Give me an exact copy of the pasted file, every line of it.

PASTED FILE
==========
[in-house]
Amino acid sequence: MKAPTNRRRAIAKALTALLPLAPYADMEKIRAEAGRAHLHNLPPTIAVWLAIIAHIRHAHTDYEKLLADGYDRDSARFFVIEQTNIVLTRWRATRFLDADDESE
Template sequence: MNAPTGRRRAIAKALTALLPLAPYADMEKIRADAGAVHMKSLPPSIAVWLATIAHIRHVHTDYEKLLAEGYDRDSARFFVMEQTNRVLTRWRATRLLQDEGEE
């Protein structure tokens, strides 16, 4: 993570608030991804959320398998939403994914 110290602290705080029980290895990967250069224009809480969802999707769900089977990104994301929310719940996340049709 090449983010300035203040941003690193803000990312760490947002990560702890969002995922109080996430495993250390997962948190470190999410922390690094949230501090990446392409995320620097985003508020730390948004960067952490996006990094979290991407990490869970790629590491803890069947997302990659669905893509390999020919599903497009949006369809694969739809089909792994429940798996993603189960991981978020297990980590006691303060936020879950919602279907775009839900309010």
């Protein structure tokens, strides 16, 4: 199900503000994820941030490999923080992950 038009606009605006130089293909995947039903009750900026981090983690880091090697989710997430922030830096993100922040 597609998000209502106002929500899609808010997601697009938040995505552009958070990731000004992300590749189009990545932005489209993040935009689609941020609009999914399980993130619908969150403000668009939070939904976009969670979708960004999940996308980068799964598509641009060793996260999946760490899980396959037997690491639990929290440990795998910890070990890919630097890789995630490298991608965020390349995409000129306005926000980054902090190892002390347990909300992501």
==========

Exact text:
[in-house]
Amino acid sequence: MKAPTNRRRAIAKALTALLPLAPYADMEKIRAEAGRAHLHNLPPTIAVWLAIIAHIRHAHTDYEKLLADGYDRDSARFFVIEQTNIVLTRWRATRFLDADDESE
Template sequence: MNAPTGRRRAIAKALTALLPLAPYADMEKIRADAGAVHMKSLPPSIAVWLATIAHIRHVHTDYEKLLAEGYDRDSARFFVMEQTNRVLTRWRATRLLQDEGEE
């Protein structure tokens, strides 16, 4: 993570608030991804959320398998939403994914 110290602290705080029980290895990967250069224009809480969802999707769900089977990104994301929310719940996340049709 090449983010300035203040941003690193803000990312760490947002990560702890969002995922109080996430495993250390997962948190470190999410922390690094949230501090990446392409995320620097985003508020730390948004960067952490996006990094979290991407990490869970790629590491803890069947997302990659669905893509390999020919599903497009949006369809694969739809089909792994429940798996993603189960991981978020297990980590006691303060936020879950919602279907775009839900309010």
């Protein structure tokens, strides 16, 4: 199900503000994820941030490999923080992950 038009606009605006130089293909995947039903009750900026981090983690880091090697989710997430922030830096993100922040 597609998000209502106002929500899609808010997601697009938040995505552009958070990731000004992300590749189009990545932005489209993040935009689609941020609009999914399980993130619908969150403000668009939070939904976009969670979708960004999940996308980068799964598509641009060793996260999946760490899980396959037997690491639990929290440990795998910890070990890919630097890789995630490298991608965020390349995409000129306005926000980054902090190892002390347990909300992501």